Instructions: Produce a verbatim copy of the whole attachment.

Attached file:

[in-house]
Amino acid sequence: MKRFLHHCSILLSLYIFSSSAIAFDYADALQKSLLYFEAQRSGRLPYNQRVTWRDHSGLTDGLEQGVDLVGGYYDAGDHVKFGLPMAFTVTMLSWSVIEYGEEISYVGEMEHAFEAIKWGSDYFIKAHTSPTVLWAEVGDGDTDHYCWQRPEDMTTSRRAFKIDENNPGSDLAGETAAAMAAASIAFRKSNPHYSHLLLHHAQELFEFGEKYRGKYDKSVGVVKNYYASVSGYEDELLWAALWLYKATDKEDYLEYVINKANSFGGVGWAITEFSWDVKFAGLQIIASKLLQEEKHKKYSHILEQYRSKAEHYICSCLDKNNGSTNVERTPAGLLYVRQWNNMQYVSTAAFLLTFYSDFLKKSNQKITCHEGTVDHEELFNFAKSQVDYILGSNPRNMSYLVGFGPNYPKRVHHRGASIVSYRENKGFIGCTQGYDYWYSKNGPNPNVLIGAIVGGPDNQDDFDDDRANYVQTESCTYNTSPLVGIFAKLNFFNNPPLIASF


[in-house]
Amino acid sequence: MKRFLHHCSILLSLYIFSSSAIAFDYADALQKSLLYFEAQRSGRLPYNQRVTWRDHSGLTDGLEQGVDLVGGYYDAGDHVKFGLPMAFTVTMLSWSVIEYGEEISYVGEMEHAFEAIKWGSDYFIKAHTSPTVLWAEVGDGDTDHYCWQRPEDMTTSRRAFKIDENNPGSDLAGETAAAMAAASIAFRKSNPHYSHLLLHHAQELFEFGEKYRGKYDKSVGVVKNYYASVSGYEDELLWAALWLYKATDKEDYLEYVINKANSFGGVGWAITEFSWDVKFAGLQIIASKLLQEEKHKKYSHILEQYRSKAEHYICSCLDKNNGSTNVERTPAGLLYVRQWNNMQYVSTAAFLLTFYSDFLKKSNQKITCHEGTVDHEELFNFAKSQVDYILGSNPRNMSYLVGFGPNYPKRVHHRGASIVSYRENKGFIGCTQGYDYWYSKNGPNPNVLIGAIVGGPDNQDDFDDDRANYVQTESCTYNTSPLVGIFAKLNFFNNPPLIASF